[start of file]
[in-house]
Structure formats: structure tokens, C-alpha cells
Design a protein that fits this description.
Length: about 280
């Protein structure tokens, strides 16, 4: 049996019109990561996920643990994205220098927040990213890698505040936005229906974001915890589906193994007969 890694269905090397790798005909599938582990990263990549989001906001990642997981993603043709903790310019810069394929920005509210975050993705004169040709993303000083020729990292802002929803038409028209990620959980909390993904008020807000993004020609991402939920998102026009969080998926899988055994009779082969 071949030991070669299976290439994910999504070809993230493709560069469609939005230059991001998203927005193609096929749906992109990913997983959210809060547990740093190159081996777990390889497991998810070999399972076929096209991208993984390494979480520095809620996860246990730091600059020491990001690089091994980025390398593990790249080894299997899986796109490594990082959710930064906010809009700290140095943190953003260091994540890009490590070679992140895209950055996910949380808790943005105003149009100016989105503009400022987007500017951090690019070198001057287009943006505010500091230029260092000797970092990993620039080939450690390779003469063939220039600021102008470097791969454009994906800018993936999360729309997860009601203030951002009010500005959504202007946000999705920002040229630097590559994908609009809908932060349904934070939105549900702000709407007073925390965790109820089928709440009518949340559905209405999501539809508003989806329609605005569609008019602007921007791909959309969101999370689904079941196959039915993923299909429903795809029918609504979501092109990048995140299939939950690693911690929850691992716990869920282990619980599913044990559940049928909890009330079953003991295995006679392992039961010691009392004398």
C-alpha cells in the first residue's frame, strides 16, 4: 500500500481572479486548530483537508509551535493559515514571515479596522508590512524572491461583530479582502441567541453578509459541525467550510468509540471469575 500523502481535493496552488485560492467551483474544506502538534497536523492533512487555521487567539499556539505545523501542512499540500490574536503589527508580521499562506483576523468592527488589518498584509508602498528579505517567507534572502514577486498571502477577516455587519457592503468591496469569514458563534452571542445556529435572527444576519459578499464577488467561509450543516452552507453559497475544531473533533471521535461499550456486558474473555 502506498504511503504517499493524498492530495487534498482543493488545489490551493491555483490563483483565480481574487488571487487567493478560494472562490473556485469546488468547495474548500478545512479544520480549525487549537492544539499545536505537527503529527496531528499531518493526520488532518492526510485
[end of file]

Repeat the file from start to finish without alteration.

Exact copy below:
[in-house]
Structure formats: structure tokens, C-alpha cells
Design a protein that fits this description.
Length: about 280
């Protein structure tokens, strides 16, 4: 049996019109990561996920643990994205220098927040990213890698505040936005229906974001915890589906193994007969 890694269905090397790798005909599938582990990263990549989001906001990642997981993603043709903790310019810069394929920005509210975050993705004169040709993303000083020729990292802002929803038409028209990620959980909390993904008020807000993004020609991402939920998102026009969080998926899988055994009779082969 071949030991070669299976290439994910999504070809993230493709560069469609939005230059991001998203927005193609096929749906992109990913997983959210809060547990740093190159081996777990390889497991998810070999399972076929096209991208993984390494979480520095809620996860246990730091600059020491990001690089091994980025390398593990790249080894299997899986796109490594990082959710930064906010809009700290140095943190953003260091994540890009490590070679992140895209950055996910949380808790943005105003149009100016989105503009400022987007500017951090690019070198001057287009943006505010500091230029260092000797970092990993620039080939450690390779003469063939220039600021102008470097791969454009994906800018993936999360729309997860009601203030951002009010500005959504202007946000999705920002040229630097590559994908609009809908932060349904934070939105549900702000709407007073925390965790109820089928709440009518949340559905209405999501539809508003989806329609605005569609008019602007921007791909959309969101999370689904079941196959039915993923299909429903795809029918609504979501092109990048995140299939939950690693911690929850691992716990869920282990619980599913044990559940049928909890009330079953003991295995006679392992039961010691009392004398």
C-alpha cells in the first residue's frame, strides 16, 4: 500500500481572479486548530483537508509551535493559515514571515479596522508590512524572491461583530479582502441567541453578509459541525467550510468509540471469575 500523502481535493496552488485560492467551483474544506502538534497536523492533512487555521487567539499556539505545523501542512499540500490574536503589527508580521499562506483576523468592527488589518498584509508602498528579505517567507534572502514577486498571502477577516455587519457592503468591496469569514458563534452571542445556529435572527444576519459578499464577488467561509450543516452552507453559497475544531473533533471521535461499550456486558474473555 502506498504511503504517499493524498492530495487534498482543493488545489490551493491555483490563483483565480481574487488571487487567493478560494472562490473556485469546488468547495474548500478545512479544520480549525487549537492544539499545536505537527503529527496531528499531518493526520488532518492526510485